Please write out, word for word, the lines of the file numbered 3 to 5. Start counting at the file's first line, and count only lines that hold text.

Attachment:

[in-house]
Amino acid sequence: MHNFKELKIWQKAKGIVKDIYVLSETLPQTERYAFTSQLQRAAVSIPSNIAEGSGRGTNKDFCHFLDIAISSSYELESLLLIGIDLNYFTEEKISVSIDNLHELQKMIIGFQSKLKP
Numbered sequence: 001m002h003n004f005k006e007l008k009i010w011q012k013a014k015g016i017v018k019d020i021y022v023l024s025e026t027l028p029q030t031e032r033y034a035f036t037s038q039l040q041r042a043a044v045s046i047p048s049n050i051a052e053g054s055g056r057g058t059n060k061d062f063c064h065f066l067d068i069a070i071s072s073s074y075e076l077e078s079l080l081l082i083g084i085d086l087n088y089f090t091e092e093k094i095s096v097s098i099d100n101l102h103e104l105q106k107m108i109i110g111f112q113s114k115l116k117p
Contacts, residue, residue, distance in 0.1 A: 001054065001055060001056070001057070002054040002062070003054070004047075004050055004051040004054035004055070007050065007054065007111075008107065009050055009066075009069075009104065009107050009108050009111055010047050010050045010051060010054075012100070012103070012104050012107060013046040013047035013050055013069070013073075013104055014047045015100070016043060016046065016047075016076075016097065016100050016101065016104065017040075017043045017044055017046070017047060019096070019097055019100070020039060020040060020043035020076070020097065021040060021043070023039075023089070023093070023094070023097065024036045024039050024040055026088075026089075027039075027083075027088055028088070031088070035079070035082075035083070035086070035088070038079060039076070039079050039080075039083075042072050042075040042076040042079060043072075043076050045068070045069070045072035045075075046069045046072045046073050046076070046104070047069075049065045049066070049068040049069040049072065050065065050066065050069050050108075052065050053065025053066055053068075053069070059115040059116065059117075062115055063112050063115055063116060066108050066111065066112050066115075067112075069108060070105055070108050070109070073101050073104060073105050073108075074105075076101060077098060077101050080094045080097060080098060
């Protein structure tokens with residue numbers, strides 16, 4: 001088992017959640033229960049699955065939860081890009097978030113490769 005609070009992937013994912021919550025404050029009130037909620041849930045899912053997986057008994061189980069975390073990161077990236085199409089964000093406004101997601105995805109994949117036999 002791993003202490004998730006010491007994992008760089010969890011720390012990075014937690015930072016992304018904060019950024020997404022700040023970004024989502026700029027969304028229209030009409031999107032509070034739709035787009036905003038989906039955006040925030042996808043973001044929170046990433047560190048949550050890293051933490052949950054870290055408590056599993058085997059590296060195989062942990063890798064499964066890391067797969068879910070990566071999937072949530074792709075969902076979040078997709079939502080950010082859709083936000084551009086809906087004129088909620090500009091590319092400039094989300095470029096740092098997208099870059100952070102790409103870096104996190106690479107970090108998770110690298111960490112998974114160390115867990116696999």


Numbered sequence: 001m002h003n004f005k006e007l008k009i010w011q012k013a014k015g016i017v018k019d020i021y022v023l024s025e026t027l028p029q030t031e032r033y034a035f036t037s038q039l040q041r042a043a044v045s046i047p048s049n050i051a052e053g054s055g056r057g058t059n060k061d062f063c064h065f066l067d068i069a070i071s072s073s074y075e076l077e078s079l080l081l082i083g084i085d086l087n088y089f090t091e092e093k094i095s096v097s098i099d100n101l102h103e104l105q106k107m108i109i110g111f112q113s114k115l116k117p
Contacts, residue, residue, distance in 0.1 A: 001054065001055060001056070001057070002054040002062070003054070004047075004050055004051040004054035004055070007050065007054065007111075008107065009050055009066075009069075009104065009107050009108050009111055010047050010050045010051060010054075012100070012103070012104050012107060013046040013047035013050055013069070013073075013104055014047045015100070016043060016046065016047075016076075016097065016100050016101065016104065017040075017043045017044055017046070017047060019096070019097055019100070020039060020040060020043035020076070020097065021040060021043070023039075023089070023093070023094070023097065024036045024039050024040055026088075026089075027039075027083075027088055028088070031088070035079070035082075035083070035086070035088070038079060039076070039079050039080075039083075042072050042075040042076040042079060043072075043076050045068070045069070045072035045075075046069045046072045046073050046076070046104070047069075049065045049066070049068040049069040049072065050065065050066065050069050050108075052065050053065025053066055053068075053069070059115040059116065059117075062115055063112050063115055063116060066108050066111065066112050066115075067112075069108060070105055070108050070109070073101050073104060073105050073108075074105075076101060077098060077101050080094045080097060080098060
């Protein structure tokens with residue numbers, strides 16, 4: 001088992017959640033229960049699955065939860081890009097978030113490769 005609070009992937013994912021919550025404050029009130037909620041849930045899912053997986057008994061189980069975390073990161077990236085199409089964000093406004101997601105995805109994949117036999 002791993003202490004998730006010491007994992008760089010969890011720390012990075014937690015930072016992304018904060019950024020997404022700040023970004024989502026700029027969304028229209030009409031999107032509070034739709035787009036905003038989906039955006040925030042996808043973001044929170046990433047560190048949550050890293051933490052949950054870290055408590056599993058085997059590296060195989062942990063890798064499964066890391067797969068879910070990566071999937072949530074792709075969902076979040078997709079939502080950010082859709083936000084551009086809906087004129088909620090500009091590319092400039094989300095470029096740092098997208099870059100952070102790409103870096104996190106690479107970090108998770110690298111960490112998974114160390115867990116696999």